In the past, marriage was primarily just such a business deal. Among wealthy families, it solidified political alliances or expanded land holdings. For poorer people, it was a means of managing the farm or operating a household. Today, people have become economically self-sufficient as individuals, no longer requiring a spouse for survival. African American women have always had a high rate of labor-force participation. "Why should well-salaried women marry?" asked black feminist and author Alice Dunbar-Nelson as early as 1895. But now instead of access only to low-paying jobs, we can earn a breadwinner's wage, which has changed what we want in a husband. "Women's expectations have changed dramatically while men's have not changed much at all," said one well-paid working wife and other. "Women now say, 'Providing is not enough. I need more partnership.' "
i totally agree with this...when you add in the fact that we don't need men (economically) like we used to, dealing with his issues becomes a matter of sheer will and patience, not "i need to stay 'cause otherwise i'm screwed (financially/socially)"
this means that there is a much higher expectation for men, because they need to begin coming in to relationships sane and emotionally healthy--something that women tend to be much better at achieving for themselves than men. women sometimes tend to be forced into therapy or self-care because of their other responsibilities (raising children, taking care of loved ones, etc.). where is this impetus for men? often it comes with loving a woman, but if she breaks his heart or doesn't stay long enough to help him through his demons...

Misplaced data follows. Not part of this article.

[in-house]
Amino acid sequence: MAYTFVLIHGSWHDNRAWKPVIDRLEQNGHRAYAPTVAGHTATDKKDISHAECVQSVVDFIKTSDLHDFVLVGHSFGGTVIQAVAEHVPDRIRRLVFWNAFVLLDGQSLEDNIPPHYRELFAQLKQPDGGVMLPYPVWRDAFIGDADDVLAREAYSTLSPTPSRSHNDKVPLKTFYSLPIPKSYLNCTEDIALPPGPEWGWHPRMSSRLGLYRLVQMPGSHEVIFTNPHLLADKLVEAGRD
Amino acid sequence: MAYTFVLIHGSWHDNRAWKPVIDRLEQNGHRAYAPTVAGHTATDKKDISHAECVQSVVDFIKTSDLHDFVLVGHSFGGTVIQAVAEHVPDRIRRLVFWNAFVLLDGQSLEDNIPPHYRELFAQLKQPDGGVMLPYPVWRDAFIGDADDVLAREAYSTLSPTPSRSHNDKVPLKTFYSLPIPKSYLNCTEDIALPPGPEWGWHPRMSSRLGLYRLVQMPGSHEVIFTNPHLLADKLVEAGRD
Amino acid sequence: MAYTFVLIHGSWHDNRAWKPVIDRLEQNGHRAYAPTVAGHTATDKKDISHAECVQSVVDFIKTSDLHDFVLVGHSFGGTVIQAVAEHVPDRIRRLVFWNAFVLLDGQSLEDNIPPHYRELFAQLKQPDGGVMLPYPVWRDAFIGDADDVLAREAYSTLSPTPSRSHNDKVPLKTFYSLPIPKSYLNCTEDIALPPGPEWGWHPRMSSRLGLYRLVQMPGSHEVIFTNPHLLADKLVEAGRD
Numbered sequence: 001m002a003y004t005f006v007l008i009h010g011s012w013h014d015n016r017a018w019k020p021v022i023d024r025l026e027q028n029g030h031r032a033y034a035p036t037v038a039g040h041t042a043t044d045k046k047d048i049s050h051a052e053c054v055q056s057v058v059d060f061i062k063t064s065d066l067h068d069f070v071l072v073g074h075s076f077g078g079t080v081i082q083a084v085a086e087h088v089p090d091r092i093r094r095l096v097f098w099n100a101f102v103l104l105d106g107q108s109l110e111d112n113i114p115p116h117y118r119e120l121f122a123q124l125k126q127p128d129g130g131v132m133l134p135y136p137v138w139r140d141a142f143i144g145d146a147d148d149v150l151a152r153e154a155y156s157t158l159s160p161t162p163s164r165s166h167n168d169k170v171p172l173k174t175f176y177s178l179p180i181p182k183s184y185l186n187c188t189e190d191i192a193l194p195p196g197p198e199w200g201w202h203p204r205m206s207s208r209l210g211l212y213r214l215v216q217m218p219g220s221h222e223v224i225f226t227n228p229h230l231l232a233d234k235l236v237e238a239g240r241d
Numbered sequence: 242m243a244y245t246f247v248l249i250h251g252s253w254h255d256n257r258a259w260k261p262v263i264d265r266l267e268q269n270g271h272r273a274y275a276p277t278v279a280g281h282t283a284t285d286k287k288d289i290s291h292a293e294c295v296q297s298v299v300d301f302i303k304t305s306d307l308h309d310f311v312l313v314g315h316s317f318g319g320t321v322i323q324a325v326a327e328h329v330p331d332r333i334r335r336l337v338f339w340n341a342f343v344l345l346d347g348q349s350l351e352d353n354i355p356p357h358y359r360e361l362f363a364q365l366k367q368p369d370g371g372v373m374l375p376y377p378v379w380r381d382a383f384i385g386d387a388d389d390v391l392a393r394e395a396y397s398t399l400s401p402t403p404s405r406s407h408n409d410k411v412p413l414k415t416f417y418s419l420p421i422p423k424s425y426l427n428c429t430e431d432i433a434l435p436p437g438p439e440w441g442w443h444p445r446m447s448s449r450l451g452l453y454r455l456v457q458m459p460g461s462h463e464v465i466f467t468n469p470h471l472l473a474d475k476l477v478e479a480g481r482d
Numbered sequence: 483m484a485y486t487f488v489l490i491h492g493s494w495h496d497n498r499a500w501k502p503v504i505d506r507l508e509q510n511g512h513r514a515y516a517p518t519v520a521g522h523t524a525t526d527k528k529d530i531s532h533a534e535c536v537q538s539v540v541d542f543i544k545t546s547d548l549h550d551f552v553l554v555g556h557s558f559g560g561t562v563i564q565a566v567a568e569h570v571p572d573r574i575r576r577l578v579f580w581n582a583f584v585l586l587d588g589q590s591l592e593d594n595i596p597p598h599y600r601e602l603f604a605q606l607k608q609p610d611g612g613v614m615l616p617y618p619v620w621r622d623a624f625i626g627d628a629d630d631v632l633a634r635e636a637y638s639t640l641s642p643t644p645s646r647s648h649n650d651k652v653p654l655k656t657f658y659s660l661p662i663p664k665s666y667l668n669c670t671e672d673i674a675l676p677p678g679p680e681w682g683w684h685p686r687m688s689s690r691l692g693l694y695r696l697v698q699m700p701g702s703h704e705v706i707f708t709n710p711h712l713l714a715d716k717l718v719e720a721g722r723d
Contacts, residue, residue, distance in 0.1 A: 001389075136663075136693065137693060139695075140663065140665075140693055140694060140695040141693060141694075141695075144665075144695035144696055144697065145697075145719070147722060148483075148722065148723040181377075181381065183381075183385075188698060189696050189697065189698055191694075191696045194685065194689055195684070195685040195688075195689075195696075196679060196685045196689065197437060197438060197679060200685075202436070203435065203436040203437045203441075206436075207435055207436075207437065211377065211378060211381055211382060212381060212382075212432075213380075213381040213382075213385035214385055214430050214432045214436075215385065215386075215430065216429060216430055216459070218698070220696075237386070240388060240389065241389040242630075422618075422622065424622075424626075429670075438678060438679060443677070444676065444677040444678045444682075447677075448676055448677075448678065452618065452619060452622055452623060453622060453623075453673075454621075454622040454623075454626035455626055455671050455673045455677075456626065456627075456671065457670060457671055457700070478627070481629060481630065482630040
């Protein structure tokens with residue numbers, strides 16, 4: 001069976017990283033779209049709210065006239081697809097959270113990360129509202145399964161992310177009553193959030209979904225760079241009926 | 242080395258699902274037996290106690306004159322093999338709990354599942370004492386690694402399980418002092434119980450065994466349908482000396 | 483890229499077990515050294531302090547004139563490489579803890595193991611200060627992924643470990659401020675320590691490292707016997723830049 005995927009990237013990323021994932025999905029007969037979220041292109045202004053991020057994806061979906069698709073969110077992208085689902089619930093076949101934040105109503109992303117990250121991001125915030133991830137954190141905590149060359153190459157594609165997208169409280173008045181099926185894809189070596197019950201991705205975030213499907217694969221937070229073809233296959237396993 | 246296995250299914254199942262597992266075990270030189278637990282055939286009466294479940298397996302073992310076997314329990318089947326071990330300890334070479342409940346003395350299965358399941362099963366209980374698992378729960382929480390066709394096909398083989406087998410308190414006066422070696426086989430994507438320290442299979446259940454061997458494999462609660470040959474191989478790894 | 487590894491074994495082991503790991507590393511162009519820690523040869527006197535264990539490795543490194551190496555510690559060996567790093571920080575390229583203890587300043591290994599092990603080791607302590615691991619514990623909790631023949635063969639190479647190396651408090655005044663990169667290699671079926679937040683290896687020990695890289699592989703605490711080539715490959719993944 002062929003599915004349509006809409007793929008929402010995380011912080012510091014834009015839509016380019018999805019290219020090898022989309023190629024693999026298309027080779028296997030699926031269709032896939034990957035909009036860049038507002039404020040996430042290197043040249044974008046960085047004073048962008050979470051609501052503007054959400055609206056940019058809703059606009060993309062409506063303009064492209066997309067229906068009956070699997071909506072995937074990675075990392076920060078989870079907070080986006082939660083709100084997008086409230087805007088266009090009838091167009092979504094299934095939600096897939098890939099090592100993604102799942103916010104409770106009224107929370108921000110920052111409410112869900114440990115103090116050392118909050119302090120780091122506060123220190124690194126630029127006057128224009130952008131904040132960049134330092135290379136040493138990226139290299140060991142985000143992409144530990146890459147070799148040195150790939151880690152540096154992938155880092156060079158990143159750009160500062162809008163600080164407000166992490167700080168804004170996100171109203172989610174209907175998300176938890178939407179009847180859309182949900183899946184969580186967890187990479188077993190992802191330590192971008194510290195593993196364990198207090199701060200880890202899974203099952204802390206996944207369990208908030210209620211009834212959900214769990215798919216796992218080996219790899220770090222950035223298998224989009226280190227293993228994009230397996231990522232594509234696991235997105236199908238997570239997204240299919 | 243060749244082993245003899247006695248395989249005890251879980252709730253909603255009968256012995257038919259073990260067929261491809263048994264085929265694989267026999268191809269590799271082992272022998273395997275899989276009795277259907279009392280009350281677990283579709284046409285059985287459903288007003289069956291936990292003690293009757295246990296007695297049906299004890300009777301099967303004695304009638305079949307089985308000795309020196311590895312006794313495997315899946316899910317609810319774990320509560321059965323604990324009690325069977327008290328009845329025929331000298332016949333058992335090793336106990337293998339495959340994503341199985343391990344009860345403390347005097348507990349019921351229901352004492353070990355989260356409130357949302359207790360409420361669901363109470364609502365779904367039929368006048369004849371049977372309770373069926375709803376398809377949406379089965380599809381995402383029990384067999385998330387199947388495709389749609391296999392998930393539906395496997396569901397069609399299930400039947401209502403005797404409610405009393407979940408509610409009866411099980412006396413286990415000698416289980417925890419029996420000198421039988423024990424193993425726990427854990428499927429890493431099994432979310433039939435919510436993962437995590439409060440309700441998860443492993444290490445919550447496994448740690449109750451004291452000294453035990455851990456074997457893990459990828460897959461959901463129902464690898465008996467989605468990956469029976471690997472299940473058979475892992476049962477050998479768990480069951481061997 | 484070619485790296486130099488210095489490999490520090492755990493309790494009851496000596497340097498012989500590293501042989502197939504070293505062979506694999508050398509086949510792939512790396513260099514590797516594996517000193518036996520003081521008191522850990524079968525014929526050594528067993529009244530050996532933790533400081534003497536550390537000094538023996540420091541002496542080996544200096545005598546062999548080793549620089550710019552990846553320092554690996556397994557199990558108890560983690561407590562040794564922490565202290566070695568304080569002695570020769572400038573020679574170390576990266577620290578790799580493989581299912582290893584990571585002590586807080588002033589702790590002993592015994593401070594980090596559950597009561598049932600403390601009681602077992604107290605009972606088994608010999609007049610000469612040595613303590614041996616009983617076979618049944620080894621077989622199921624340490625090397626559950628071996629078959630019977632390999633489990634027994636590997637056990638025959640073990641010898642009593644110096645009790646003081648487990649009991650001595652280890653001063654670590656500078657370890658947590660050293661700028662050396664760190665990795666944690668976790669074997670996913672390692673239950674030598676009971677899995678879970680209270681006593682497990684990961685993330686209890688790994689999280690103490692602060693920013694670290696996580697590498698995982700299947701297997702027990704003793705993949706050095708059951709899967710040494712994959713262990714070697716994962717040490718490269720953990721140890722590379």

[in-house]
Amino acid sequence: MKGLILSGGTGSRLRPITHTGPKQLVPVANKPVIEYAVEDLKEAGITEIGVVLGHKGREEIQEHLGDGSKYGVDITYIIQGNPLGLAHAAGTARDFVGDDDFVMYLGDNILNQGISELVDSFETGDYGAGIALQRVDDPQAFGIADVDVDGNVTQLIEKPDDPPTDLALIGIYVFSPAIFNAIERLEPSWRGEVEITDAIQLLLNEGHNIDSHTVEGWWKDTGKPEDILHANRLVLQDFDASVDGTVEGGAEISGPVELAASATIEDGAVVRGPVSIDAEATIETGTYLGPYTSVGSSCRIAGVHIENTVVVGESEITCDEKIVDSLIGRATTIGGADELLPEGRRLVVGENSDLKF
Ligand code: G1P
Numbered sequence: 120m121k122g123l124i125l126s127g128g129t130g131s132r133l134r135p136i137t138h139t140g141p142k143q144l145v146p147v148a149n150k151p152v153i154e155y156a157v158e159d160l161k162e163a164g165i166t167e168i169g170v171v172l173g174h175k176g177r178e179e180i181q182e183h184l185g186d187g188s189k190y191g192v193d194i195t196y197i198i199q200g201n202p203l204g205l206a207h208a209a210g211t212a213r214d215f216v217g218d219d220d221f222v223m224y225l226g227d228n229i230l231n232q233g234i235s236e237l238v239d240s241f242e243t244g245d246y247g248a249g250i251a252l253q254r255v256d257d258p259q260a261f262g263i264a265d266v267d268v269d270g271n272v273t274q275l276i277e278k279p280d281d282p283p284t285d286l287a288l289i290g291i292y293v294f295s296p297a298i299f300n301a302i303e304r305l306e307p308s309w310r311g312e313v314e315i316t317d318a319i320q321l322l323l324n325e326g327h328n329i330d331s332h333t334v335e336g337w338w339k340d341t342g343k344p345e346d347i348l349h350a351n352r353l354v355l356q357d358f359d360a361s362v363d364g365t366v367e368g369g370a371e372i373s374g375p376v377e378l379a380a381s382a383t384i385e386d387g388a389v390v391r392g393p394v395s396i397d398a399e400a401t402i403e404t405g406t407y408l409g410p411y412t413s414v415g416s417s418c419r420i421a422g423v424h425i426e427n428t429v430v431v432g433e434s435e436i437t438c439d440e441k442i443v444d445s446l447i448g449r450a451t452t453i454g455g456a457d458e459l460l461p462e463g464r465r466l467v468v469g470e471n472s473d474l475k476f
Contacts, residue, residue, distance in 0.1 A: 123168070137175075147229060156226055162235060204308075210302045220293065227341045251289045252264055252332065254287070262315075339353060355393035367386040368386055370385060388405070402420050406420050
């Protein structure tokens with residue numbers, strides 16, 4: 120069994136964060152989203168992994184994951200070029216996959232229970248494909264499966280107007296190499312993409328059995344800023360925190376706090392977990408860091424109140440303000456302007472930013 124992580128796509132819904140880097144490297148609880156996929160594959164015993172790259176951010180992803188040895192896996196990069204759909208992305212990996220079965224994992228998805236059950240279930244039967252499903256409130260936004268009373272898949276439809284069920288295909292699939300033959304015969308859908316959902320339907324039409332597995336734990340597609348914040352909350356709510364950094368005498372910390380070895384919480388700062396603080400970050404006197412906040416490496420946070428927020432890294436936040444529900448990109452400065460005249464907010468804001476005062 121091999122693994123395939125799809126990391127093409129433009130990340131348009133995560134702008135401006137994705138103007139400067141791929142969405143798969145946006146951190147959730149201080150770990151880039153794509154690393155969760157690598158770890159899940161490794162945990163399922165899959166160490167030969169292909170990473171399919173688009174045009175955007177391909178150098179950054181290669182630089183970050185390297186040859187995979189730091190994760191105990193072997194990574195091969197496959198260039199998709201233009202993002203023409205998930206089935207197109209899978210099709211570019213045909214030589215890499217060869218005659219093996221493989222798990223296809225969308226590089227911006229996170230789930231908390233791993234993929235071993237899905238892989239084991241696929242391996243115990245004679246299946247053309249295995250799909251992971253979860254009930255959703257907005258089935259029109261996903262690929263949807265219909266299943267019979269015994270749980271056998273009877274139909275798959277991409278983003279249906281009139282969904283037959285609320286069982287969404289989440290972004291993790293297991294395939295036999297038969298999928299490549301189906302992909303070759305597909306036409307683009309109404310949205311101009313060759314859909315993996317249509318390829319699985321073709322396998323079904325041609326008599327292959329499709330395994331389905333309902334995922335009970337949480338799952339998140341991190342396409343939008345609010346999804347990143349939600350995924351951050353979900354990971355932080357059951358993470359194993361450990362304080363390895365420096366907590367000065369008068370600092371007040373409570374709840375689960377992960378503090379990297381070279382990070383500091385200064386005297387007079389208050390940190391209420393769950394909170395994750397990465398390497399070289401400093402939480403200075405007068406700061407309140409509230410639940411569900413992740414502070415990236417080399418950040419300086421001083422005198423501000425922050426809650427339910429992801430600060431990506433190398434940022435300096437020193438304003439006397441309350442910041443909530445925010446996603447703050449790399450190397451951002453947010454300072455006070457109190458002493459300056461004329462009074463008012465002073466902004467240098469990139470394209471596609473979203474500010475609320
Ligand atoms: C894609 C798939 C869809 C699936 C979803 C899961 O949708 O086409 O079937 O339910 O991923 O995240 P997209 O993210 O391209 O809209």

again, you have to know your limits. what you're willing to put up with and what your dealbreakers are. still, i fear having these discussions without acknowledging the healing that ALL of us have to accomplish (ladies: there ARE NO SUPERMEN) before we see a change in our community.